Springbank 11 Year Old Madeira Wood Campbeltown Single Malt Whisky (Scotland); 55.1% abv, $99.
Two Springbanks in my Top Eight? Yes, they deserve to be in the top eight because of the incredible range of aromas and flavors that their use of different woods has brought to the consumer. This is a remarkably different malt whisky to the Springbank 18, yet it still owns the trademark Springbank malt intensity, mild peatiness, and off-dry character that can only be the thumbprint of this Campbeltown institution. I'll make another statement that might raise some eyebrows: Springbank remains one of Scotland's three greatest distilleries right now, along with The Macallan and Highland Park.
9) Arran Malt Pomerol Bordeaux Wine Casks Isle of Arran Single Malt Whisky (Scotland); 50% abv, $80.
As far as which malt distillery has come the longest way over the last decade, I choose Isle of Arran. This succulent expression is one that I've introduced consumer audiences to over the last year to hoots and hollers of delight. It's without question one of the best spirits I've tasted in the last two years and definitely worthy of being in the Top Ten Scotches. I also very much like the elevated abv, which lends a tremendous textural impact that lasts seemingly for a week. I hope that the people at Arran keep reaching for the stars.
10) The Macallan 18 Year Old Sherry Oak Speyside Single Malt Whisky (Scotland); 43% abv, $150.
Upon retasting this serious malt again recently, I was reminded why it is an international standard for malt whisky. It's that ideal age (18); the sherry oak makes it winey/pruny/raisiny and plump and dried fruit sweet; and, jeez, I just love the daylights out of it because it's so wonderfully decadent. This will always be in my personal pantheon of malt whisky gods. Scoop it out with a spoon. Luscious and the perfect complement to the more nimble Fine Oak series.
11) Springbank 12 Year Old Cream Sherry Cask/ Cask Strength Campbeltown Single Malt Whisky (Scotland); 56.1% abv, $113.
I admittedly went wild over the depth of the cask strength abv, which becomes a treasure trove of flavor possibilities and aromatic nuances. But it's in the midpalate that the best work is done as the cream sherry aspect comes alive and the texture turns rich and silky. I recall with fondness the few great limited-edition Glenmorangie Sherry Cask releases from several years ago and how thrilling they were as the Sherry wood accentuated the malt whisky. This bottling is an ideal marriage of barley grain whisky and gently sweet oak. Superb.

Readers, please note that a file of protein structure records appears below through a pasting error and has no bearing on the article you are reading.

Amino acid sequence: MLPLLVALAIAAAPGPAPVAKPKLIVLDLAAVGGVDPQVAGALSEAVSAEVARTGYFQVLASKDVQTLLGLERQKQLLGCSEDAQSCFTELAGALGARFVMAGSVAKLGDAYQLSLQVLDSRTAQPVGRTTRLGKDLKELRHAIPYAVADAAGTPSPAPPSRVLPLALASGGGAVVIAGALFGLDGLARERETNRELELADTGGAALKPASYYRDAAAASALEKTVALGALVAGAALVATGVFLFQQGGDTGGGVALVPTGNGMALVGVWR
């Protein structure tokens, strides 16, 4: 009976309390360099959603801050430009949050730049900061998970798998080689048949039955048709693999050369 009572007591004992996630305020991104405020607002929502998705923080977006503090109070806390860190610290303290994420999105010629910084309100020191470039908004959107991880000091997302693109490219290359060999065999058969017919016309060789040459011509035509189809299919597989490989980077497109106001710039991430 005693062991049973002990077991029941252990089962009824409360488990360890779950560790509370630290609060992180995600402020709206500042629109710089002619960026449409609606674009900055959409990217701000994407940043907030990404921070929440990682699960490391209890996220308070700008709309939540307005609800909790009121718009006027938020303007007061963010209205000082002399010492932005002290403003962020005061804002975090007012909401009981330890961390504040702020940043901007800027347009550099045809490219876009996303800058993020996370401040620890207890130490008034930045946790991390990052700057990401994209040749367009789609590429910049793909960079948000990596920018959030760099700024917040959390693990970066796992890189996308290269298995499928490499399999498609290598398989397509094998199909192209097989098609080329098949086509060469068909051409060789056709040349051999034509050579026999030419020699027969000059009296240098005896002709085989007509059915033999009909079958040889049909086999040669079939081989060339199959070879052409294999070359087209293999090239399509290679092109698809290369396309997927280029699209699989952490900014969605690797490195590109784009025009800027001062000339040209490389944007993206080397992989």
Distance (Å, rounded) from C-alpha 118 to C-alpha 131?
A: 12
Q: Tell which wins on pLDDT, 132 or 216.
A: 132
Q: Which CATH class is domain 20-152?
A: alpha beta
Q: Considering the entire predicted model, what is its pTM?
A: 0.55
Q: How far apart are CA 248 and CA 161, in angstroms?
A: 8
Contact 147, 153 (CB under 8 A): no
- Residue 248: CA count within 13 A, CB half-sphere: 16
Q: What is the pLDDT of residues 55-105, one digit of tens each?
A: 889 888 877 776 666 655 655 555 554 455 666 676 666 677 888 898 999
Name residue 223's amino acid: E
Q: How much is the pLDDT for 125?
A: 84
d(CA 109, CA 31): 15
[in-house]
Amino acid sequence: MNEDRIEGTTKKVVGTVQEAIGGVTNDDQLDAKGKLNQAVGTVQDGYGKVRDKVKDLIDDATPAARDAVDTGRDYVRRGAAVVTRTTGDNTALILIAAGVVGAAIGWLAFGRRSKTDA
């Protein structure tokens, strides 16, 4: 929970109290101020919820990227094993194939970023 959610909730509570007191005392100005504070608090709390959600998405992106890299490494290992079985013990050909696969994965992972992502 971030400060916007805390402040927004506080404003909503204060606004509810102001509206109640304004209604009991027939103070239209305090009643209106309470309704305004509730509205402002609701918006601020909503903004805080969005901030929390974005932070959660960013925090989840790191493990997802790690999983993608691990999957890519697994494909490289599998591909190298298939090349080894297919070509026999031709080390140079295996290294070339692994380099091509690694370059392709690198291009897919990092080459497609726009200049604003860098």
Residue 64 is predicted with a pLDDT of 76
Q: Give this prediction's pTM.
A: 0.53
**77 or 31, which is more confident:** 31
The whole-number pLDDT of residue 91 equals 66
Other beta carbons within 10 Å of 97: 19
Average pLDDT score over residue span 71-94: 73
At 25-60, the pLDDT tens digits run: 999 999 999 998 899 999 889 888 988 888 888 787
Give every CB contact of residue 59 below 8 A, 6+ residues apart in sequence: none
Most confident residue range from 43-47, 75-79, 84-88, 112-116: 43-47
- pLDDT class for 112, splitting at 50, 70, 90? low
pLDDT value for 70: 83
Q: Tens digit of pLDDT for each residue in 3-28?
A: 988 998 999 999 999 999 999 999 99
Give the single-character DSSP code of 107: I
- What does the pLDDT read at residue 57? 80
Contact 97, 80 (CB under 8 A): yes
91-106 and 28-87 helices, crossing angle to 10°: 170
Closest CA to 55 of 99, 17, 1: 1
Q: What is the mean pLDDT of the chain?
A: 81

12) Glenmorangie Sonnalta PX Private Collection Northern Highlands Single Malt Whisky (Scotland); 46% abv, $80.
Speaking of breathtaking Sherry wood influenced malt whiskies, here is another stunning achievement from the mind and nose of Dr. Bill Lumsden. In this case, the Sherry influence is raisiny/pruny Pedro Ximenez (PX) and it makes for exciting drinking of the first rank. Even though the PX impact is subtle, there lies beneath the surface a racy dried fruit element that mingles well with the dry breakfast cereal depth of the malted barley spirit. One of my all-time favorite Glenmorangies.
13) Glenrothes 1991 Speyside Single Malt Whisky (Scotland); 43% abv, $75.
With their vintage releases, Glenrothes stands with the finest malt whiskies from Speyside/Morayshire. It's the consistency of this distillery that makes it one of my favorites from a region chockfull of excellent distilleries. Glenrothes is a core malt for popular blends like Cutty Sark. This edition is intensely grainy and supple and, in my mind, one of the finest of its vintage series
14) Highland Park 25 Year Old Orkney Islands Single Malt Whisky (Scotland); 48.1% abv, $230.
While the peerless HP 18 will always be my favored Highland Park, this biscuity, fathomless bottling at a higher proof is a close second. Perhaps it is the elevated abv that makes it special for me because abv gives a whisky structure and this lovely release is all about foundational substance and length in the mouth. Tasted numerous times over the last few years, I marvel at the extended, elegant aftertaste every time I have it.